The Literary Ladies’ Guide to the Writing Life
Welcome to a site celebrating classic women authors who wrote enduring literature. Here you’ll find their words of wisdom for readers and writers. Enjoy their life stories and quotations; learn more about their books; read their advice on the writing life; and enjoy contemporary voices on the writing process.
Edna Ferber (August 15, 1885 – April 16, 1968), American novelist and playwright, is a name perhaps less known today than other classic women authors. In her heyday, she was considered one of the most successful writers of the time—primarily the 1920s through the early 50s. Her sprawling stories may be better known today than she herself is; it could be argued that she’s a forgotten author to be revisited.
Born in Kalamazoo, Michigan, Ferber came of age in Appleton, Wisconsin. There, she started her writing career as a newspaper reporter at age 17. That led to a similar post at the Milwaukee Journal. She stored many of the experiences she encountered to use in her books.
Complete devotion to writing
Ferber’s life was completely devoted to writing, almost to the exclusion of all else. She was constantly asked by readers if her novels were telling the story of her own life, because the characters, events and settings were so real to them. She considered these tales her “inner life” as they came to reality in her mind and by her pen. Read More→
Jane Austen and Charlotte Brontë might be linked by their early 19th-century British backgrounds and legions of devotees, but, according to James Edward Austen-Leigh, nephew of the former, “No two writers could be more unlike each other than Jane Austen and Charlotte Brontë; so much so that the latter was unable to understand why the former was admired, and confessed that she herself ‘should hardly like to live with her ladies and gentlemen, in their elegant but confined houses.’”
A distinct talent
Born in 1775 in Hampshire, England, Jane Austen was part of a convivial middle-class family consisting of five brothers and an elder sister, Cassandra, with whom she was very close. The Austens valued education; the two girls briefly attended boarding school and continued to receive further education at home. Read More→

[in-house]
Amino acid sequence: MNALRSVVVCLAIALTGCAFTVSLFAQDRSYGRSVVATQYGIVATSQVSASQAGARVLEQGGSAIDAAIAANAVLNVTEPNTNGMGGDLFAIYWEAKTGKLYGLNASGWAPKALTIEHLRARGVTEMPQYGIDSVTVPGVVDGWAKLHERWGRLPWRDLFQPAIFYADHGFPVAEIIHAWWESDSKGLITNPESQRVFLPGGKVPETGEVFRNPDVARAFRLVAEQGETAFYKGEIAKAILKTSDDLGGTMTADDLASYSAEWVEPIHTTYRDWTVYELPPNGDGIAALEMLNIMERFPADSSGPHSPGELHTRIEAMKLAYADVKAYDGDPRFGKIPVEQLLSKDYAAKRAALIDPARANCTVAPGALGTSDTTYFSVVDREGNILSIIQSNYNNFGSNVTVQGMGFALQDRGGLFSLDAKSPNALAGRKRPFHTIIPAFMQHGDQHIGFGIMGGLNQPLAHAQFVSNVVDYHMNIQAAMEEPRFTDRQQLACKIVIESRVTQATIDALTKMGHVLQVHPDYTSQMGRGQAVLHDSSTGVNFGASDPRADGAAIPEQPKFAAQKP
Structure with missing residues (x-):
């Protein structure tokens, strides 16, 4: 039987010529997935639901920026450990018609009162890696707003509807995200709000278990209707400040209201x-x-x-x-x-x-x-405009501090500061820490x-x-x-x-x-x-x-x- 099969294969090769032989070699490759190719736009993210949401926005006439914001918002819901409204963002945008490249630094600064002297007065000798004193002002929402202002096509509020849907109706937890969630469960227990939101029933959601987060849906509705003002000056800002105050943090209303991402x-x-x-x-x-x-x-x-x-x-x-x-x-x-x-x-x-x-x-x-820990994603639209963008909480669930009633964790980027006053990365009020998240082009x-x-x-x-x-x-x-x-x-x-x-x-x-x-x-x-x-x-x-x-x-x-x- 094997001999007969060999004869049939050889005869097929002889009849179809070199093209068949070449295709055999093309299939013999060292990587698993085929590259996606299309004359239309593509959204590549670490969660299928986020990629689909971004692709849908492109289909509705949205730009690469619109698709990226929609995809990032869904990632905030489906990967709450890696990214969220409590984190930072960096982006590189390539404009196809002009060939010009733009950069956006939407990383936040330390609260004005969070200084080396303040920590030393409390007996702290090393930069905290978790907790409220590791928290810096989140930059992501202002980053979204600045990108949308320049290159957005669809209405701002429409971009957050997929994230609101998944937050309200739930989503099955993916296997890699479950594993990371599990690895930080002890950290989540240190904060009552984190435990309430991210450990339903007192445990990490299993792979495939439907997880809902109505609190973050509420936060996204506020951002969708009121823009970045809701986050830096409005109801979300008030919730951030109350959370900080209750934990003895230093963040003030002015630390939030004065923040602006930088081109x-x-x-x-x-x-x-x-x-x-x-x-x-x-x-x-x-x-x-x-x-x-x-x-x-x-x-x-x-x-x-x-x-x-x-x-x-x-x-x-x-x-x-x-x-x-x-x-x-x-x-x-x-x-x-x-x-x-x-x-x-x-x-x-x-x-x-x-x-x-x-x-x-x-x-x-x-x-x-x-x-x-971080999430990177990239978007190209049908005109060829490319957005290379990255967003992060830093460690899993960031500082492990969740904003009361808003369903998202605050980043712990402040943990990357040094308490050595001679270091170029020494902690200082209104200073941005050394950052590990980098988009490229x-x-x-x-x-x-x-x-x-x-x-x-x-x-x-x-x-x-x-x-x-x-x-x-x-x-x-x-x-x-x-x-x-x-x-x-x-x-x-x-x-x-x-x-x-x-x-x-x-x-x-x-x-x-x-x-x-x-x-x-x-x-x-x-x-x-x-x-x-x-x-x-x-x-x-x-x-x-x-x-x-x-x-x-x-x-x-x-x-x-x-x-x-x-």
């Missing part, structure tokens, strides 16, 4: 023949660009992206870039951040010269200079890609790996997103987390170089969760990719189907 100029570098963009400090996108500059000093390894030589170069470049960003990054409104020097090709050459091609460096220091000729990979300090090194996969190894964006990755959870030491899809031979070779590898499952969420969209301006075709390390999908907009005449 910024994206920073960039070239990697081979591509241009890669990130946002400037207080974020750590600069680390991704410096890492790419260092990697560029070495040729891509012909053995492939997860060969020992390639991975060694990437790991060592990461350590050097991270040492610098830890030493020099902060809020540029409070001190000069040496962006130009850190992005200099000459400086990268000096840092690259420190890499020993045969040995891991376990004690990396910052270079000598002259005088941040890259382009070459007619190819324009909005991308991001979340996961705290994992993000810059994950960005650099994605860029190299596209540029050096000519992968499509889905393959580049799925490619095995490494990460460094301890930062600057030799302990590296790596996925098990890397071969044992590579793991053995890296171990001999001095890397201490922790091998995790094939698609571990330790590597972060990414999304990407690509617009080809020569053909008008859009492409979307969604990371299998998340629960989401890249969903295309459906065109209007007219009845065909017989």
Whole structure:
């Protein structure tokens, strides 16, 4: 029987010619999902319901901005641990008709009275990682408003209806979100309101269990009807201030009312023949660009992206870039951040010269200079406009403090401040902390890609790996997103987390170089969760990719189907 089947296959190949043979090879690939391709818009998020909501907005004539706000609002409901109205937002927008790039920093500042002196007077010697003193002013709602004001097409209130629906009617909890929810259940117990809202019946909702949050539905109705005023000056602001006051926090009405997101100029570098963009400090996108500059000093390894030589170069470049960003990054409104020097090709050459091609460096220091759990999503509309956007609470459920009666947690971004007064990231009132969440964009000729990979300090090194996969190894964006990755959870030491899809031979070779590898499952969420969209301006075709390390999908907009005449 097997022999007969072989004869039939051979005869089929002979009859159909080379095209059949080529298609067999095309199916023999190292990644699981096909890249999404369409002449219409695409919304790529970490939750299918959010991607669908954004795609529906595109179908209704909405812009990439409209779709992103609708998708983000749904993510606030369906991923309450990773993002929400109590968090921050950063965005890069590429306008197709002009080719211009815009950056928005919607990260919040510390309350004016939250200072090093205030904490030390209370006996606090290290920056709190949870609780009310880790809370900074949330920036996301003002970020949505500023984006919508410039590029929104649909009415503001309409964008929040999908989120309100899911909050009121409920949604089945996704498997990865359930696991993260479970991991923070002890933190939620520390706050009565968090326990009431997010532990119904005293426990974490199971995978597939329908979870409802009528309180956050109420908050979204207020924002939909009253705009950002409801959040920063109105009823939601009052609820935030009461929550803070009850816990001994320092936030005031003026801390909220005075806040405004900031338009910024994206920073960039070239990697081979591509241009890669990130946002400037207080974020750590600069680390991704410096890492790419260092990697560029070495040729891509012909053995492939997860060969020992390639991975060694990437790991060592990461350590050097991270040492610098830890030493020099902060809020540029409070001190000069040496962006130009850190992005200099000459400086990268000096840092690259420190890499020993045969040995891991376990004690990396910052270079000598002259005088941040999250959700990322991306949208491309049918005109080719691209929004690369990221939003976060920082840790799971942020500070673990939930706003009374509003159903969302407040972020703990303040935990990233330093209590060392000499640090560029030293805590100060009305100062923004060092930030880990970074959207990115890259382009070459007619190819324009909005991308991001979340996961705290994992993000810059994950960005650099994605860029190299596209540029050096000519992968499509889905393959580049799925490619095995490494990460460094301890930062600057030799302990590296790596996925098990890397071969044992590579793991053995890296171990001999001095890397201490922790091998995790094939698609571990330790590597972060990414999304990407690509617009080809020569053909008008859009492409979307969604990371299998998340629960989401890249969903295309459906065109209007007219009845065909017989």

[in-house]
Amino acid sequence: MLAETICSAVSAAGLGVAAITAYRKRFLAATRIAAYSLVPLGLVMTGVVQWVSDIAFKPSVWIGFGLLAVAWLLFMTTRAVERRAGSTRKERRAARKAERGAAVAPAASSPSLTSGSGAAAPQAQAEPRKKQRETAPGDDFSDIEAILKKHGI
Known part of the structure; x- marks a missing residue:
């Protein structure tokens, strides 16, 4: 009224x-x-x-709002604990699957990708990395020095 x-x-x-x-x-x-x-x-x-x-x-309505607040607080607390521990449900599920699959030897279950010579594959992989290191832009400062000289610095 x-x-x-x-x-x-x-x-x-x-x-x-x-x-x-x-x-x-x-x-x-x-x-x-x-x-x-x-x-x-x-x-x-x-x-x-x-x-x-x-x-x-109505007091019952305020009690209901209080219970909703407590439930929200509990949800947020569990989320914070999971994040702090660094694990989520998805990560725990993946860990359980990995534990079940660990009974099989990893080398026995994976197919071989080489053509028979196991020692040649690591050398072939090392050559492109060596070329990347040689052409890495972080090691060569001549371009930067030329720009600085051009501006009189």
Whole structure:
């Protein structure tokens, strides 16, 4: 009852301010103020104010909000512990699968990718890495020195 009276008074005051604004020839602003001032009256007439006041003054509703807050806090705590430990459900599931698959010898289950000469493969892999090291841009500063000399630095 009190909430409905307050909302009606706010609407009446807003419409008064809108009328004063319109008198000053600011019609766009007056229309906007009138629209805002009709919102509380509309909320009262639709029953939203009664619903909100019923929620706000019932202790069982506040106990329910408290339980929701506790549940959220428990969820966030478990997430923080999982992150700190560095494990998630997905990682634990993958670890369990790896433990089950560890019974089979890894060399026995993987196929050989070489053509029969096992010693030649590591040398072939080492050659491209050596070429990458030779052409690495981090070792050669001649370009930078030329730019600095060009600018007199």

We all know that writing, in its essence, isn’t about publishing. At the risk of stating the obvious, writing is a journey, one that, if you follow it with passion and heart, will take you where you need to go. But admit it. You’ve fantasized at least once about what it would be like to be a famous, bestselling author. I’ll admit that I’ve daydreamed about it at least once or twice—per day, that is.
Fame has its pleasures and advantages, but has its down side, too. Many of the classic authors on this site admitted to craving recognition — and the financial independence that was rare for women of their times. Few were “overnight successes,” though it may have appeared so to the world. Hard work, setbacks, and disappointments most often preceded their breakthroughs. Read More→
It’s always fascinating to come upon a review by one classic author of the work of another. In this case, Dorothy Parker’s review of Ice Palace by Edna Ferber, one of her behemoth later novels, gets the acid-penned treatment. Of the two authors, Parker is the one who has been more enduring; in their time, Ferber was one of the richest, most successful writers, something to which Parker hilariously eludes.
Parker was the book reviewer (Constant Reader) for The New Yorker for a number of years; later, she was the reviewer for Esquire, where this review was published. Keep in mind that when Ice Palace was published in 1957, Alaska was not yet a state (that would imminently happen in 1959). Read More→
Dear Literary Ladies,
My desire to be a really good writer exceeds nearly all else. But like a lot of artists, I fear what I want most. It’s like I’m tripping over my own feet. I’m self-conscious and that “trying too hard” style shows up in my writing. How can I get out of my own way and find my unique voice?
The business of writing is a personal problem and must be worked out in an individual way. A great many people ambitious to write, fall by the wayside, but if they are the discourageable kind it is better that they drop out. No beginner knows what [she] has to go through with or [she] would never begin. Read More→
From the original 1944 review by Jack O’Brien, AP Drama Editor: The new MGM film, “National Velvet,” is enchantingly reminiscent of “Lassie Come Home.” Like the latter, it concerns an animal — this time a racehorse. Unlike it, however, the principal role is not the animal’s. A little girl, Elizabeth Taylor, wraps up the picture and walks away with it right under the nose of a great film larcenist, Mickey Rooney.
“National Velvet” is an adaptation of the novel of the same name by Enid Bagnold. The theme is simple: a young girl acquires a horse and eventually enters it in the Grand National Sweepstakes. Read More→